Of course, for those of us who saw the film version of " Tommy ," it's not possible to forget Elton John's performance of this song [YouTube link] or its re-imagining in this year's Elton biopic " Rocketman " [YouTube link]. But wizards work magic, and in that summer, fifty years ago, there was pure magic on display in so many significant ways. It was sung by many folk singers, such as Pete Seeger , Frank Hamilton , Joe Glazer , and others, as a protest song during the civil rights era.
A civil rights and antiwar activist, she sang it at the March on Washington , near the base of the Lincoln Memorial , in front of , people. During her set at Woodstock , the visibly pregnant Baez spoke eloquently about how her husband at the time, David Harris , who opposed conscription [YouTube link to a Johnny Carson interview with Ayn Rand , who opposed both the draft and the Vietnam War ], was arrested, convicted, and imprisoned for draft evasion in July He would later be paroled in October So it was no coincidence that she'd close her own Woodstock set with this song [YouTube link] in the wee hours of Saturday, August 16, This performance by Duke was actually recorded live on 15 July but aired on the ABC network on this date fifty years ago, after the lunar module , " Eagle ," touched down in the Sea of Tranquility.
Check out the rare footage of its debut by Duke Ellington and a later studio recording [YouTube links] with Duke "speaking" the lyrics, accompanied by his own playing on the vibes-sounding celeste.
Kropotkin - Lib
As a 9-year old kid, I cannot even begin to describe the level of utter elation I felt watching the grainy images of human beings on the surface of a celestial body other than the Earth. I had followed the space program from the earliest moments of my consciousness of such things the politics of it never crossed my mind at the time ; I remembered John Glenn's orbit around the earth , the Apollo 1 fire , and the Christmas Eve moon orbit of Apollo 8.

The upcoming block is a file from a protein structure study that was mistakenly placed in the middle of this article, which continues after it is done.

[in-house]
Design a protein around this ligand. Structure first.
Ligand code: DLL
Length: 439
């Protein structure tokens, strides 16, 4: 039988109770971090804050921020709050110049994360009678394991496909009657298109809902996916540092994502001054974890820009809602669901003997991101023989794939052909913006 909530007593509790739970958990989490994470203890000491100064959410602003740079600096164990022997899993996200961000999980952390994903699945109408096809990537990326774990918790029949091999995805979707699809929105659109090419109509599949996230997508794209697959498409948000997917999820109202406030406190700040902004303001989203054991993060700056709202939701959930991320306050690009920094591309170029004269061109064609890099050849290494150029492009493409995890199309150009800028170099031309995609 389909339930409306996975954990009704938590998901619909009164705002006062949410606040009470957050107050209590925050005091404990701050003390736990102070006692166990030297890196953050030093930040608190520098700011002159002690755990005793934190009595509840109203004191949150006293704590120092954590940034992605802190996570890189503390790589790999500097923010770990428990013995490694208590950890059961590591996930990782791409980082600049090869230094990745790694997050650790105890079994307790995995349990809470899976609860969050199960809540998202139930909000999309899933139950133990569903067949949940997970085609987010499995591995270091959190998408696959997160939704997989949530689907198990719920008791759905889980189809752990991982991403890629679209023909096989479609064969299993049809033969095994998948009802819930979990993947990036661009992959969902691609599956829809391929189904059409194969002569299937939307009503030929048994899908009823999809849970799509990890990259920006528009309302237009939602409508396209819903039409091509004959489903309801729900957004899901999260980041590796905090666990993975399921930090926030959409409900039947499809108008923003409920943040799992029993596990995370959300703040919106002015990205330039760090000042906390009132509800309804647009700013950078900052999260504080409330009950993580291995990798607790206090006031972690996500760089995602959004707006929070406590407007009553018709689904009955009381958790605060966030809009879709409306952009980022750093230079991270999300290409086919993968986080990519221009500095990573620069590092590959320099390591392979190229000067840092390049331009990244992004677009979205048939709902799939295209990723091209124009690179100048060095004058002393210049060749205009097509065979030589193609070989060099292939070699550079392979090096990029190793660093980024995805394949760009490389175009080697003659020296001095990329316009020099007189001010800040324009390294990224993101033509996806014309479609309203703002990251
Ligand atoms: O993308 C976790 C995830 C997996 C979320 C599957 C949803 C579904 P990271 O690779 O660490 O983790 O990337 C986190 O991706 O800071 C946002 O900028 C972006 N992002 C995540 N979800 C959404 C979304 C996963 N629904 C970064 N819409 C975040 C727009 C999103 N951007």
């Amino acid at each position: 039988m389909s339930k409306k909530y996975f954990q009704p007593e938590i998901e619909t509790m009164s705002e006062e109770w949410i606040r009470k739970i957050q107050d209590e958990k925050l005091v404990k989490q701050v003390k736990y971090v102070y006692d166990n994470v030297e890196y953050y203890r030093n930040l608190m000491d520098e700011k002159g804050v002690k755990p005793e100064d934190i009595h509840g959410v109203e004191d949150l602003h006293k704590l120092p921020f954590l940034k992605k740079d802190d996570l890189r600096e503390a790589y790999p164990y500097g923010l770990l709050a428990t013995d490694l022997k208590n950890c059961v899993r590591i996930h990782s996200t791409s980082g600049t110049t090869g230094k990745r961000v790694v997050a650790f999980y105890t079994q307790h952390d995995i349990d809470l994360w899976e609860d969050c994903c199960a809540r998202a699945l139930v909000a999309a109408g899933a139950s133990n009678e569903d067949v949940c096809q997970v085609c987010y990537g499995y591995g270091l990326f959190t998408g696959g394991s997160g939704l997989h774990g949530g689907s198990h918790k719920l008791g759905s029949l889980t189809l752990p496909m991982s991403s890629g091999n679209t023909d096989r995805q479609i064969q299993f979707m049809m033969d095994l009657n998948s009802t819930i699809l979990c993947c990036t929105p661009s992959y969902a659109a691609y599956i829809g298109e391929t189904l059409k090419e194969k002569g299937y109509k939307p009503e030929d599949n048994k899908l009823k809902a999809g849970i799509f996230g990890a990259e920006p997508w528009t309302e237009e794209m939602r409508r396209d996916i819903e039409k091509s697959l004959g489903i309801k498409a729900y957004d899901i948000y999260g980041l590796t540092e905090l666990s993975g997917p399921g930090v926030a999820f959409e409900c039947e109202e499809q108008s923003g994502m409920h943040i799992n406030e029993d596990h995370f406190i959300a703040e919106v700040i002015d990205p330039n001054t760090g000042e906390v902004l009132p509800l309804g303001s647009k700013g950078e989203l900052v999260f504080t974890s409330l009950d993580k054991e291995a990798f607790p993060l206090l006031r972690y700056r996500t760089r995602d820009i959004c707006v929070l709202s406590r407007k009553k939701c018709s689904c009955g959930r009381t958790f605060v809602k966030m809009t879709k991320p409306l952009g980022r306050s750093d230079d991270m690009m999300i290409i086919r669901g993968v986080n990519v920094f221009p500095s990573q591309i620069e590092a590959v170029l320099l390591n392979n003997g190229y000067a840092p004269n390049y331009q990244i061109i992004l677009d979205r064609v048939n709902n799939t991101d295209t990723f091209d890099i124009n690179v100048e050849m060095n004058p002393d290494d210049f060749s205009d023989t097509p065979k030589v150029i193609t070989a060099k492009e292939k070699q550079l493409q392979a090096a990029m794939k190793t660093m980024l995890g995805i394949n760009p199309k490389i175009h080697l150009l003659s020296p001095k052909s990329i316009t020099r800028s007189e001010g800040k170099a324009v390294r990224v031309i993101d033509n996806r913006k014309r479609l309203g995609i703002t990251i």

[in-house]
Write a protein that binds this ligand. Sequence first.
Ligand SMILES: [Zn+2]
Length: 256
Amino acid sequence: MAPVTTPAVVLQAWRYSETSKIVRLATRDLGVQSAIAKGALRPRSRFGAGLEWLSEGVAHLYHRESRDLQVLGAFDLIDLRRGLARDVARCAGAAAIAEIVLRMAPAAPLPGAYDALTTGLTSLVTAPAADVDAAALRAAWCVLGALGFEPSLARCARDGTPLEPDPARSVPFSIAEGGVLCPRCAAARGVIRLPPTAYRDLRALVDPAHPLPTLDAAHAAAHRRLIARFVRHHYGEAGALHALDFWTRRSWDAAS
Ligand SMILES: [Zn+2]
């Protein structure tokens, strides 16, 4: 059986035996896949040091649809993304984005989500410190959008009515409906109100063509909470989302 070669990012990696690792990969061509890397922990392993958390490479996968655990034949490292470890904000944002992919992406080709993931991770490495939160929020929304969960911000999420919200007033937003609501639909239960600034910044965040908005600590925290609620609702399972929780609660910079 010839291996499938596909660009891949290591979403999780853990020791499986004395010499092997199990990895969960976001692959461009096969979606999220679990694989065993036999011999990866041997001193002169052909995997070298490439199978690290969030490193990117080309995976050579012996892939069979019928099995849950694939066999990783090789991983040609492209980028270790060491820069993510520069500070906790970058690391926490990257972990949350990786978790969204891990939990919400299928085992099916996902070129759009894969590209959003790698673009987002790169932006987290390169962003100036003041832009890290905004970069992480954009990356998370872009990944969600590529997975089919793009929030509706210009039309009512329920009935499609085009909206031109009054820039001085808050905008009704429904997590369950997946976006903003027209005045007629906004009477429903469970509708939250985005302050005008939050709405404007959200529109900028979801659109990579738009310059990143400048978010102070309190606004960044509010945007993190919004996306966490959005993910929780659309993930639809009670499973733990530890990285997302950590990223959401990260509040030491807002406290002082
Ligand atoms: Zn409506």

But nothing could compare to the excitement I felt watching my TV fifty years ago this day [YouTube link], the sense of awe I felt hearing Neil Armstrong's first words on the lunar surface , and the sense of hope that was inspired in me, hearing him enunciate the words on the lunar plaque : " We came in peace for all mankind " [YouTube link]. It gave credence to Robert Browning's poetic tribute to human potential : " Ah, but a man's reach should exceed his grasp, Or what's a heaven for?
By contrast, the original single version, at 2 minutes and 44 seconds [YouTube link] sold only copies and "sank like a stone," as band member Phil Lesh put it. The song was also a respectable minute highlight from their set at Woodstock [YouTube link]. Today's " Dark Star " is a prelude to our commemoration tomorrow of a fundamentally bright cosmic event in human history. In truth, my personal all-time favorite "patriotic" song remains " America the Beautiful " especially as delivered by the great Ray Charles [YouTube link].
Quite apart from the controversies that have surrounded the U. His version became the first recorded rendition of the anthem that ever charted on the Billboard Hot peaking at 50; Whitney's version peaked at But in keeping with the theme of our Summer Music Festival , there remains one truly electrifying instrumental rendition of the anthem by rock guitarist Jimi Hendrix, who performed as the last artist to appear at Woodstock [YouTube link]. To some, this performance was a sacrilege ; to others, it was a sign of the turbulent and violent era to which it spoke. Hendrix actually plays a couple of notes from ' Taps ' to drive home the point of a nation at war abroadand at home.